An Immoral Philosophy - New York Times
Now, why should Mr. Bush fear that insuring uninsured children would lead to a further “federalization” of health care, even though nothing like that is actually in either the Senate plan or the House plan? It’s not because he thinks the plans wouldn’t work. It’s because he’s afraid that they would. That is, he fears that voters, having seen how the government can help children, would ask why it can’t do the same for adults.
And there you have the core of Mr. Bush’s philosophy. He wants the public to believe that government is always the problem, never the solution. But it’s hard to convince people that government is always bad when they see it doing good things. So his philosophy says that the government must be prevented from solving problems, even if it can. In fact, the more good a proposed government program would do, the more fiercely it must be opposed.
This sounds like a caricature, but it isn’t. The truth is that this good-is-bad philosophy has always been at the core of Republican opposition to health care reform. Thus back in 1994, William Kristol warned against passage of the Clinton health care plan “in any form,” because “its success would signal the rebirth of centralized welfare-state policy at the very moment that such policy is being perceived as a failure in other areas.”
What's the argument, I wonder, on the conservative side--what would a rational reconstruction look like? I wonder if the grand goal is something like this:
In a globalized world, managed by the US, geography is largely irrelevant and nationhood as such undermines efficiency. The major players will not be geographically defined nation-states but multinational corporations, each a virtual nation in itself with its own schools and training programs, security forces, health care schemes and infrastructure, unfettered by national boundaries or government regulations, moving goods, information and labor freely in the interests of maximizing the production of wealth and consumption. The whole earth will be a factory achieving ever higher levels of productivity by exploiting every natural resource and extracting every bit of time and energy from workers. Unrestricted competition and market incentives will insure that everything, and everyone, is used to the utmost--not a drop of oil left in the ground or a seam of coal unmined, not a tree standing outside of theme parks operated by the recreation industry where workers on their down time will consume Nature, providing more work for service sector employees maintaining the parks, taking tickets and operating food concessions and for the manufacturers of ever more elaborate camping, hiking and biking equipment.
The whole earth will be an engine for producing ever more wealth, on an endless upward spiral of more consumption and more work, until the earth is depleted and we are used up. The slag heaps will rise--human waste will accumulate: huddled masses of unproductive individuals who are burnt out and used up. But even the least productive citizens will be put to use as inmates, products of a growing privately-run prison industry on contract from the caretaker state, providing jobs for legions of guards, cafeteria ladies and other service workers, and handsome profits for stockholders.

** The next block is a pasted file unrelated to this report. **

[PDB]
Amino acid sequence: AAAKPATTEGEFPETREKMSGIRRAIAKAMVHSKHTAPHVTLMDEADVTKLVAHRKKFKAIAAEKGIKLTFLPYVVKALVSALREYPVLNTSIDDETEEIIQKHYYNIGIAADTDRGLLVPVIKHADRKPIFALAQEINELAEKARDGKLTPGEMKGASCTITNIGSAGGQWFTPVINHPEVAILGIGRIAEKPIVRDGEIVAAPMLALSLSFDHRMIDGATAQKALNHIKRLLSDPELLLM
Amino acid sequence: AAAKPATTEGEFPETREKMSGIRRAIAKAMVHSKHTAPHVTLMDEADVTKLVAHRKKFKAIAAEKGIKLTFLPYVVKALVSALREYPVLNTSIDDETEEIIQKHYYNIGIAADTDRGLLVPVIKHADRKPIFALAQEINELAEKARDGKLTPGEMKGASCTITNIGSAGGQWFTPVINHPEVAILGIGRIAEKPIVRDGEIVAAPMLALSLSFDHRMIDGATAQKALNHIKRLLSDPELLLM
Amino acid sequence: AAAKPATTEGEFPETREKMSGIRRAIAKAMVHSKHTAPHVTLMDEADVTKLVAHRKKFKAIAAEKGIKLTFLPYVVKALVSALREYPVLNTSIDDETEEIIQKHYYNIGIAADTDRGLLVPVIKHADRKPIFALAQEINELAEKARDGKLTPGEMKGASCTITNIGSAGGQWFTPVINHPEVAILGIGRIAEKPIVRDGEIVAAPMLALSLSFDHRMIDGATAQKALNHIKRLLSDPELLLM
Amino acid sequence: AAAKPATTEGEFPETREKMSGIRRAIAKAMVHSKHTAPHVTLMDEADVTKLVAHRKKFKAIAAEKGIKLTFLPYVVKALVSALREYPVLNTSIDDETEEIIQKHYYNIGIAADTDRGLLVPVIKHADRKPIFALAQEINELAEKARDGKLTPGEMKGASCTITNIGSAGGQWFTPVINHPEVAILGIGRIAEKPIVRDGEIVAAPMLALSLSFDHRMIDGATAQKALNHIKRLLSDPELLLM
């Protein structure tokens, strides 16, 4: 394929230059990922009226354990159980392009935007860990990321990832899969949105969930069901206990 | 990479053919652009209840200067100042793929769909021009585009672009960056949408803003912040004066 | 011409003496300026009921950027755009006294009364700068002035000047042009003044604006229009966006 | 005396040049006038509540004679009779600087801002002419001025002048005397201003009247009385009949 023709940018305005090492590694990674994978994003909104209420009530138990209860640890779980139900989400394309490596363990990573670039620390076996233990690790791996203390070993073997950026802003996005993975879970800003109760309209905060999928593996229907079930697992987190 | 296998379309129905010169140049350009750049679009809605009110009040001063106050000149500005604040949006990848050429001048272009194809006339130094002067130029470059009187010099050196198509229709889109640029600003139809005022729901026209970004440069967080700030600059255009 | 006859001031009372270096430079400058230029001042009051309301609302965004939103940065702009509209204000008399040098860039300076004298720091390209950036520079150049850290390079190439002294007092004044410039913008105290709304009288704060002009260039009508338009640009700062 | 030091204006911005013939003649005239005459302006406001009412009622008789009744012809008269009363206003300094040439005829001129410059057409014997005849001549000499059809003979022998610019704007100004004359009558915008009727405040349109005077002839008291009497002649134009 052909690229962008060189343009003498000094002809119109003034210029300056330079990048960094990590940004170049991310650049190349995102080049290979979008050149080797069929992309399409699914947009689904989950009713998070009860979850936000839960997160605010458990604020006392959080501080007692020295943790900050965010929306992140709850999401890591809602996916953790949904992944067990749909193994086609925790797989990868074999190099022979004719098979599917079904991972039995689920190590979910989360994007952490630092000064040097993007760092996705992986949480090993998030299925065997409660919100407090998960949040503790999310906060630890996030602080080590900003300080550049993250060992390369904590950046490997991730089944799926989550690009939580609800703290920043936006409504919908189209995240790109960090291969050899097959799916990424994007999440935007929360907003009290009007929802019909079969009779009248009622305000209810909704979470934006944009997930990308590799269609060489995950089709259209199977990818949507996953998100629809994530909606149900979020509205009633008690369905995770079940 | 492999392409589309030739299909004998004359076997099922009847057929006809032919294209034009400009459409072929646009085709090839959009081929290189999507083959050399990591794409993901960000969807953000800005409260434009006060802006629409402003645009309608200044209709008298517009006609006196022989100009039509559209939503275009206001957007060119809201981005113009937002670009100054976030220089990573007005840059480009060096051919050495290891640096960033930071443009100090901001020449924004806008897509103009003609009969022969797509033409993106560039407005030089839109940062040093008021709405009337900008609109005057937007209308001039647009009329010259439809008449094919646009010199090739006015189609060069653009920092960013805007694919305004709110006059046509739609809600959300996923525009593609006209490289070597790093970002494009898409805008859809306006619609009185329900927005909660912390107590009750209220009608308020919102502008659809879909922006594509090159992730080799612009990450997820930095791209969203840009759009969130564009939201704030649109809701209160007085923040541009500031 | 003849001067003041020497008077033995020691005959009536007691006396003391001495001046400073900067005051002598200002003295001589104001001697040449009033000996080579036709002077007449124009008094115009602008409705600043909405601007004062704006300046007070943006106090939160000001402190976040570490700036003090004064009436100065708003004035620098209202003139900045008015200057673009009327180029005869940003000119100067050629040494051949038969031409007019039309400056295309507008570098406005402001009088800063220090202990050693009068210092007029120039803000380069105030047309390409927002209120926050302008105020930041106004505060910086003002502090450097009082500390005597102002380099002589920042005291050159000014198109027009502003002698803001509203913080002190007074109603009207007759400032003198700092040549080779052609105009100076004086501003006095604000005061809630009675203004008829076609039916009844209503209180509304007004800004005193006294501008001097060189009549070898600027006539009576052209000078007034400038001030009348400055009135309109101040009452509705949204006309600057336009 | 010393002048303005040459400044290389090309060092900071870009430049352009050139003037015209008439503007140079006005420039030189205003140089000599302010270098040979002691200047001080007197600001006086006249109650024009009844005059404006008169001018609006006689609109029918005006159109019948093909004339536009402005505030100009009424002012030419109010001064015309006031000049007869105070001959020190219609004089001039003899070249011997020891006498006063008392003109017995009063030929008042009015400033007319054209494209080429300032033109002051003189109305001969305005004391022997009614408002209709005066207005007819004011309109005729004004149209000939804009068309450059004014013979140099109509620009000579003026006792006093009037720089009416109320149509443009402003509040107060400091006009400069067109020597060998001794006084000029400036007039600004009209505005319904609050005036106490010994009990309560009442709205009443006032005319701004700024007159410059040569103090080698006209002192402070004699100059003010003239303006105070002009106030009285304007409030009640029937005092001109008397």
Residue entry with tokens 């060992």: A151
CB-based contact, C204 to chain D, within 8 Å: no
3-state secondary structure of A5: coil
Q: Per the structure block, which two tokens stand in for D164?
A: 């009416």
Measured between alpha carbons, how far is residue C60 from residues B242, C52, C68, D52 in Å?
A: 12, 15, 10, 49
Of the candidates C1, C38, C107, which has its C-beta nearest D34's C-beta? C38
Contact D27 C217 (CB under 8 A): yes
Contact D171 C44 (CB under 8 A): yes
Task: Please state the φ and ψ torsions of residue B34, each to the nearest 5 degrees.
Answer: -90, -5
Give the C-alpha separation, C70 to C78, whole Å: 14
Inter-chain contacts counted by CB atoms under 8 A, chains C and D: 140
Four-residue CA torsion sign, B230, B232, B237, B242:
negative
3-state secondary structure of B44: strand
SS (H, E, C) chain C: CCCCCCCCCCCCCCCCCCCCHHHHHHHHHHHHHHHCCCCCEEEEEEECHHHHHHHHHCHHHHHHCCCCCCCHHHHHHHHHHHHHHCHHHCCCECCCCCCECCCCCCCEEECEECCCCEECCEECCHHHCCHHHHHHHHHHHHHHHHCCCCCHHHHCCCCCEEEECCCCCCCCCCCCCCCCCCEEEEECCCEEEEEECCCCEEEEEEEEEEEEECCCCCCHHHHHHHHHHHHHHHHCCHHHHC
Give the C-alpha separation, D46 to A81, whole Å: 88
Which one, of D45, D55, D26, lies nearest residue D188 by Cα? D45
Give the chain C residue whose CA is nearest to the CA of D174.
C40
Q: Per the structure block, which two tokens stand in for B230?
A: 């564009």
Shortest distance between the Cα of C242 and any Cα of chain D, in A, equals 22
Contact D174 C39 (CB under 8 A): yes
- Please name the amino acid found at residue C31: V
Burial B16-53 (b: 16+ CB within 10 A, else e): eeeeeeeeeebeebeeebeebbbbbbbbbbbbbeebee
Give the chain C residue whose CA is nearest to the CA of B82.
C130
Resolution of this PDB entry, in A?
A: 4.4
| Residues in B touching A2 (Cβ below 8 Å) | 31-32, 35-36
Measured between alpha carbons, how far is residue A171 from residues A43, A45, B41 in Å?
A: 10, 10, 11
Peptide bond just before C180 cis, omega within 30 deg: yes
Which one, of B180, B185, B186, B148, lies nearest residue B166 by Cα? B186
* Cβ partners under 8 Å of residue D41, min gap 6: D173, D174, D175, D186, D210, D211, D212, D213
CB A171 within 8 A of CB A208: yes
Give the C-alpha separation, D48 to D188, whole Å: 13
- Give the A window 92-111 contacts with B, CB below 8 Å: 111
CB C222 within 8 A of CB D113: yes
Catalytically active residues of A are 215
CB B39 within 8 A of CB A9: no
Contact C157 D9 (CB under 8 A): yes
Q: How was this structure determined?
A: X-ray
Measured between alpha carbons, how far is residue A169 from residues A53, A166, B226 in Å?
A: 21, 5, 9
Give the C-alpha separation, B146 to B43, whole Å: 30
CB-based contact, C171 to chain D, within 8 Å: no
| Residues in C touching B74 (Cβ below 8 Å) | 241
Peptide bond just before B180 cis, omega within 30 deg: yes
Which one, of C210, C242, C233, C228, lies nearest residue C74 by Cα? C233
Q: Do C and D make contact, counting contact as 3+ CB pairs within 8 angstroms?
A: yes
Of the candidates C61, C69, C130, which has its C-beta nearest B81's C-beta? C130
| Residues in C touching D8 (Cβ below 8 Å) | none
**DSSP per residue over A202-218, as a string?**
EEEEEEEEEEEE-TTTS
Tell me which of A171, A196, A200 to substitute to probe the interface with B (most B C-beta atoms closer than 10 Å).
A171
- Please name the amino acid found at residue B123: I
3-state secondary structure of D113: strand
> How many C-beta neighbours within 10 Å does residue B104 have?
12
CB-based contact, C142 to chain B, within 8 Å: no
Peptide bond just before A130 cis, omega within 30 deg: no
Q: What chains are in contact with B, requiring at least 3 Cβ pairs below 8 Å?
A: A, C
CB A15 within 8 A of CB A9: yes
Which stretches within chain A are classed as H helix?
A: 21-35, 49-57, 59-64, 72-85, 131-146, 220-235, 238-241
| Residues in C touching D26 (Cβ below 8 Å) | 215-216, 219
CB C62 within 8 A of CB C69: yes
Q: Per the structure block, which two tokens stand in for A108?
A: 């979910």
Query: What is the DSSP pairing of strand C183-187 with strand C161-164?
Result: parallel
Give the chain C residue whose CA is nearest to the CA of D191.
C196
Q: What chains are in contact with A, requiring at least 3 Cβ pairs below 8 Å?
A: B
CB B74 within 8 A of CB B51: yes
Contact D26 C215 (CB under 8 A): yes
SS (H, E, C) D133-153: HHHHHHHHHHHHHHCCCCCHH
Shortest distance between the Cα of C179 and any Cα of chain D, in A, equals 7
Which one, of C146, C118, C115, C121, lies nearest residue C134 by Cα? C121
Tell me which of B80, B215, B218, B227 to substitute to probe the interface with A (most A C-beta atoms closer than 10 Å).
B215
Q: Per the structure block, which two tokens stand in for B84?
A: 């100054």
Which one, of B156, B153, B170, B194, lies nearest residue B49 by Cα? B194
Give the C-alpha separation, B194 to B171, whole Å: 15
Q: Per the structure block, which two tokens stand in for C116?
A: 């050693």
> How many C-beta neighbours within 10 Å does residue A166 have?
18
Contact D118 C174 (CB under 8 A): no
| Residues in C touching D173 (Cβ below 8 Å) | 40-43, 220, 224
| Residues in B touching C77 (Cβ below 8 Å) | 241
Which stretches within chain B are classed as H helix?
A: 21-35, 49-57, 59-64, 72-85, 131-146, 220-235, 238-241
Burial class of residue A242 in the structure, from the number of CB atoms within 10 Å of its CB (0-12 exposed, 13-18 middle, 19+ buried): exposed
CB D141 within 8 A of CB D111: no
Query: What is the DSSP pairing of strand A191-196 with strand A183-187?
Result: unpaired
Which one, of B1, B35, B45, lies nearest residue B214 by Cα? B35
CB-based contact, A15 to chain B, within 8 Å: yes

So why shouldn't we extend health care benefits to more poor children? Because while in the short run it is efficient and humane, in the long run it will slow the progress of privatization and push back the advent of this utopian future of unlimited consumption and endless work. The end justifies the means.
Of course as a utilitarian I believe that maxim. I just think the end here is pure hell. This is, on a grossly inflated scale, the life most humans have lived until very recently in history: eat to work and work to eat--the endless cycle consumption and toil. It was only after the Industrial Revolution succeeded that a significant number of people could get off the treadmill, and buy time to enjoy themselves--to consume, and produce Culture in the old elitist sense: poetry, music and art for art's sake, literature, philosophy, crafts and pure science, the whole end and purpose of life. Now we're being told to get back on the treadmill and go even faster. Work harder and longer to produce more and consume more. If we achieved so much through those generations devoted to production and consumption, think of how much more we could produce and consume if we eliminated that unproductive leisure time, got back on the treadmill and devoted all our time and energy to production.
The end justifies the means, but this is precisely a failure to recognize what the end is, to take the means as the end. And in a very bizarre way it's strikingly similar to the countercultural program of minimizing consumption and the use of technology, promoting time and labor-intensive methods to save the earth. According to the countercultural ideal, c. 1970, we were supposed to cut back on labor-saving technology, processed foods, manufactured products and every convenience, grow our own vegetables, cook from scratch, and heat our yurts with wood we chopped ourselves, eating to work and working to eat. According to the neo-conservative ideal, c. 1990 we were to supposed to exploit labor-saving technology in order to extract more labor from the population, to produce more and consume more--again eating to work and working to eat. We cranked up the speed but the treadmill was the same.
Dr. Siddhārtha Gautama got it right: this is the Wheel. We could easily get off but cling and are crushed.